– Diet. You were probably wondering when we’d get around to food, weren’t you? Diet and nutrition plays a critical role in dealing with and reducing stress. Here are my ‘Top 5 Ways To Eat Away Stress’
– Eat small meals regularly. Eating regularly can help stabilise blood sugar levels, which is crucial because low blood sugar levels result in a rise in cortisol levels, which, in turn, can lead to binges and subsequent weight gain. The body actually produces insulin in response to increased cortisol levels, which explains why we crave sugary food when hungry (i.e. the insulin will cease the production of cortisol.
Eat your omega-3′s. Omega-3′s are proven to decrease inflammation in the body (notably there is strong evidence that the omega-3 DHA is highly effective at decreasing inflammation in the brain) and inhibit the production of certain stress hormones (such as adrenaline, noradrenaline, steroids and aldosterone).
Eat anti-oxidant rich foods. Foods that are rich in anti-oxidants, such as cruciferous vegetables (i.e. broccoli), berries (i.e. bluberries), dark green vegetables (i.e. kale) and certain herbs and spices (i.e. ginger and tumeric), will provide the nutrients required by the body to enable glutathione (see above) to effectively reduce the effects of stress.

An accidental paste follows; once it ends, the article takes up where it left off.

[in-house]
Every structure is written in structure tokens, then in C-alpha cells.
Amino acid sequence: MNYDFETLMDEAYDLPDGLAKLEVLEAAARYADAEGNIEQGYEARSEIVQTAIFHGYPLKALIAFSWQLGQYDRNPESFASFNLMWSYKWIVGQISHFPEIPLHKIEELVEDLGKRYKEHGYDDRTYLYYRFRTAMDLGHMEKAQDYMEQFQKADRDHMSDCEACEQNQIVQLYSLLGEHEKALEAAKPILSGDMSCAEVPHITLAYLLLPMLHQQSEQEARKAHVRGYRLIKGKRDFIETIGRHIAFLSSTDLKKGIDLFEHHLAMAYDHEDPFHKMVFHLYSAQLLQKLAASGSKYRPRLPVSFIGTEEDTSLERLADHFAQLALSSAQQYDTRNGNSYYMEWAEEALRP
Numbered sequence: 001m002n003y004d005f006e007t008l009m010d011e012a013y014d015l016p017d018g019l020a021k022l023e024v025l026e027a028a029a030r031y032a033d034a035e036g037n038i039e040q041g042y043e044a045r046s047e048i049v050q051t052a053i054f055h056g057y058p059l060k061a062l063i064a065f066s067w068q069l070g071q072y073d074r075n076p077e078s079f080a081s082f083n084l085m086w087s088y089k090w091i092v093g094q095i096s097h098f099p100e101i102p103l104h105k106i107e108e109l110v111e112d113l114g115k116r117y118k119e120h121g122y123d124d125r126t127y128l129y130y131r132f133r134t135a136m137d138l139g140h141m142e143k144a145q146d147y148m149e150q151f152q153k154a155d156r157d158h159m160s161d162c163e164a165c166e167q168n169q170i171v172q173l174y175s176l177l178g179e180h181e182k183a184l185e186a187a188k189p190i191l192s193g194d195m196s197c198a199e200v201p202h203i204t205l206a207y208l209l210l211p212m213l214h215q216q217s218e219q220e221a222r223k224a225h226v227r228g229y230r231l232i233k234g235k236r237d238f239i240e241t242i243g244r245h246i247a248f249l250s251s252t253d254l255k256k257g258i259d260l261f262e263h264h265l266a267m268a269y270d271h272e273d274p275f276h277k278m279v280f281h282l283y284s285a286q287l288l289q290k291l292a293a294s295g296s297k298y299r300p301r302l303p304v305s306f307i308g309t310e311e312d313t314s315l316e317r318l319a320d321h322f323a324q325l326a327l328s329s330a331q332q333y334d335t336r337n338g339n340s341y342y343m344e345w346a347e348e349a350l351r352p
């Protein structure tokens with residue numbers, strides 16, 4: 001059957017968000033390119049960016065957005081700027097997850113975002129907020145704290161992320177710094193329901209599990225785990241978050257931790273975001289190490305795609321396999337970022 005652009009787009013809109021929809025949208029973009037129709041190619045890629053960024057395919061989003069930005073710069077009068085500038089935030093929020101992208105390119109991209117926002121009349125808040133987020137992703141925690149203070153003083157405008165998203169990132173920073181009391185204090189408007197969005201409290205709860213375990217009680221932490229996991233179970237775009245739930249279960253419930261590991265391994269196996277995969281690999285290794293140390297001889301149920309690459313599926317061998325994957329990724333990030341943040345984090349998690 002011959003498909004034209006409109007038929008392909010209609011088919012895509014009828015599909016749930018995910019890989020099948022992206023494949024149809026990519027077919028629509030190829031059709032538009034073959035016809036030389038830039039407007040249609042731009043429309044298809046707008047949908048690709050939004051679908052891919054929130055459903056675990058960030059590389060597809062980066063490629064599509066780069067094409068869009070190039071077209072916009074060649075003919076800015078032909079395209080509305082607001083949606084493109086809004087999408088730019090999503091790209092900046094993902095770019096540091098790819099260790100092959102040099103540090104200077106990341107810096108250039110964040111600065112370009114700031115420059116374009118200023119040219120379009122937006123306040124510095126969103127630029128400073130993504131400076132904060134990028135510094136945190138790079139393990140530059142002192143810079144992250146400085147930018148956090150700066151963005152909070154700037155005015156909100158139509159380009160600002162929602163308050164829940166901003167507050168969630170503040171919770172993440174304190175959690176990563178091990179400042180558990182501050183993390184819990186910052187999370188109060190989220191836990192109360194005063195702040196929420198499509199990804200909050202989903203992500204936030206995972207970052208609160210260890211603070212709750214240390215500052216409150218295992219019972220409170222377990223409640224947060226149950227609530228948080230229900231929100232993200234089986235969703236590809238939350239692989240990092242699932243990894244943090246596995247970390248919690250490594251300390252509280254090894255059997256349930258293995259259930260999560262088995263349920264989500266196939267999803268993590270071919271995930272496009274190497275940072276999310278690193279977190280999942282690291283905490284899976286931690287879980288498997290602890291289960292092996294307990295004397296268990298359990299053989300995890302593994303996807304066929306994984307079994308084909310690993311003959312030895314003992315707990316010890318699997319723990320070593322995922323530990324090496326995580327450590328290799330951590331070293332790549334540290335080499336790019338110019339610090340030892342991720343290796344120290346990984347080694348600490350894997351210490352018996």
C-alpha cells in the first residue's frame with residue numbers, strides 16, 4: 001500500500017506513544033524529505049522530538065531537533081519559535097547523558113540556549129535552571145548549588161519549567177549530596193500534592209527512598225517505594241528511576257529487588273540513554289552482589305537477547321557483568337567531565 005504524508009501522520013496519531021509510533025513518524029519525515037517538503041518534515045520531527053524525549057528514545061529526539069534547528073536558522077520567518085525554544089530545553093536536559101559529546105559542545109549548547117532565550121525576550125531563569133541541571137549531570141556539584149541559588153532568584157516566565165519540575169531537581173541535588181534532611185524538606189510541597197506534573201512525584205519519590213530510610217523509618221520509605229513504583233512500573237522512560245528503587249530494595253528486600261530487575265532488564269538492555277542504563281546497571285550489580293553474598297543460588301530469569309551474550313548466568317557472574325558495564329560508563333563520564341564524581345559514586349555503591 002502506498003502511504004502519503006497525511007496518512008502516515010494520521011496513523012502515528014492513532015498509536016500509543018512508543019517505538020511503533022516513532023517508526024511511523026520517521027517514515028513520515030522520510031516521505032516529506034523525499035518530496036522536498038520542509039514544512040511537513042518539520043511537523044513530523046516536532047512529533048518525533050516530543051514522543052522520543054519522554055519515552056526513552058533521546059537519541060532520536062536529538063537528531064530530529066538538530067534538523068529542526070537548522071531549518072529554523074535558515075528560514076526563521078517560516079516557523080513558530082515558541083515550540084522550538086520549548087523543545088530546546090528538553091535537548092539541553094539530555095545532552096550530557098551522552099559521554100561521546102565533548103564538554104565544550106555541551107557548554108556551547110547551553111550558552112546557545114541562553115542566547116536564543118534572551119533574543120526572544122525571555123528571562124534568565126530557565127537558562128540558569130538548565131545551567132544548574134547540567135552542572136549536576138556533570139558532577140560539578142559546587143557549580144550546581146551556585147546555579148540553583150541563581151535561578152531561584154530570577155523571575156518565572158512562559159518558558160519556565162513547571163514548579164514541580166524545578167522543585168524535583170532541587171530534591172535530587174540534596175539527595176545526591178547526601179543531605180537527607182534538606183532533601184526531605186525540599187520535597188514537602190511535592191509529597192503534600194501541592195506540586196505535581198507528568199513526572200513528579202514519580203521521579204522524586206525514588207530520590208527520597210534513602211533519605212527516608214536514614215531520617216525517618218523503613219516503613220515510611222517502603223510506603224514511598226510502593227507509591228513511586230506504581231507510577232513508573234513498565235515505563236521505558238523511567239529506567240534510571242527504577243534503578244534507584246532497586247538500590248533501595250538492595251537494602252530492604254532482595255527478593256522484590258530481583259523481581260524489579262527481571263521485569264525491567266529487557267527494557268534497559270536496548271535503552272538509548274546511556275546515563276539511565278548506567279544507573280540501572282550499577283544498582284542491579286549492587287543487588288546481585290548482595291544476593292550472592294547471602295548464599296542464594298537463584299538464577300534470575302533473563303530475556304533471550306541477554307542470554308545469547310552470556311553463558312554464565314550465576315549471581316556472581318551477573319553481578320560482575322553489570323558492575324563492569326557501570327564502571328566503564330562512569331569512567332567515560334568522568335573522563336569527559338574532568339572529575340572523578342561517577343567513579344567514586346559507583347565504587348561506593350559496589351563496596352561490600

– Get enough magnesium. It is important that after our ‘fight or flight’ response to stress we allow the body’s relaxation response to be activated. This means returning the body’s hormonal levels, blood pressure, heart rate and digestive functioning to normal. Magnesium plays a vital part in this because it calms the nervous system and makes us less prone to the effects of stress. Magesium-rich foods include seeds (such as flax, pumpkin and sunflower), nuts (such as almonds, cashew and Brazil) and even dried herbs (such as coriander, sage and basil).